The Control Center’s networking pane can help you deal with a weak Wi-Fi network connection by taking advantage of its temporary and “soft” nature. You may have a place inside your house or outside where your iPhone or iPad claims it can still connect to your Wi-Fi network, but in practice throughput is low or the connection stalls entirely. This might also happen if you join an overloaded public network, or simply want to use a 20 to 50 Mbps 4G LTE connection that’s available, when the local Wi-Fi is much slower.
In Settings > Wi-Fi, you have the option to turn Wi-Fi off, which effectively disables the Wi-Fi radio. But swipe to reveal Control Center and then tap Wi-Fi, and the button’s blue background color in the Wi-Fi button’s circle switches to white: it’s not off, but in a temporary disconnection mode that affects only its settings for the network it was just using. (The button is white on dark gray when the Wi-Fi switch in Settings is set to off, and this won’t work in that mode, since Wi-Fi isn’t available at all.)
When you tap the Control Center’s Wi-Fi button with any active Wi-Fi network connection, iOS or iPadOS does the following:
Disconnects from the network you’re currently connected to. That’s managed by network name, so the disconnection applies to any access point on the same network, as they’re all named the same.
Keeps track so that it doesn’t reconnect if you go out of range from the network and then return close enough to connect.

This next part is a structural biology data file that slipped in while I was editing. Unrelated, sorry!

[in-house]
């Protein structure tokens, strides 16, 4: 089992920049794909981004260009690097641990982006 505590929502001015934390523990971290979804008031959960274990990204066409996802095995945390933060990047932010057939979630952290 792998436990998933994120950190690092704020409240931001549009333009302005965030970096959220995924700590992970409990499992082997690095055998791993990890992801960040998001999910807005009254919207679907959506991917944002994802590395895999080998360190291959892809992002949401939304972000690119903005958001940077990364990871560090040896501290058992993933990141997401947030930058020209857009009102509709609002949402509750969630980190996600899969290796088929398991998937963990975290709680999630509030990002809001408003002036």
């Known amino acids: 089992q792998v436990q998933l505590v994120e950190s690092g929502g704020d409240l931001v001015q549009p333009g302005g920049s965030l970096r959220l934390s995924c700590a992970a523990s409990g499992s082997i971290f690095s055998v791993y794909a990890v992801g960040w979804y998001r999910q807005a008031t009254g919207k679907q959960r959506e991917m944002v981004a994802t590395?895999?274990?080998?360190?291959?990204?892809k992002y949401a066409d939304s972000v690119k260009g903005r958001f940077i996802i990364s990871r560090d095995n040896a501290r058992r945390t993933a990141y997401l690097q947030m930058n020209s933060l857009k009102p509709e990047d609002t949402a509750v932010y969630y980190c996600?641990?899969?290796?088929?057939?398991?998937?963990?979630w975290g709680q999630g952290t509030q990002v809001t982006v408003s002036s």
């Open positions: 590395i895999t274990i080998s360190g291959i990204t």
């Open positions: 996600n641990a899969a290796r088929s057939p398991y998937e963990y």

Removes this network at 5 a.m. local time from its reconnection blacklist.
The message that appears briefly above the Control Center reads “Disconnecting Nearby Wi-Fi Until Tomorrow,” which isn’t perfectly descriptive, but isn’t inaccurate either.
You can tell if the current network is excluded by using Control Center. When you reveal it, the Wi-Fi symbol will be black on a white circular background if that’s the case. Press hold on the panel, and the label Not Connected appears below the Wi-Fi button and name. To resume using that network, tap the Wi-Fi button, and your device will now reconnect. It removes the network from its temporary blacklist, too.
Of course, if you’re really having trouble with a network and never want to connect to it again, you have to start by…connecting to it. Then you can tap the “i” info button to the right of its name in Settings > Wi-Fi, and tap Forget This Network and confirm.
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Source : Macworld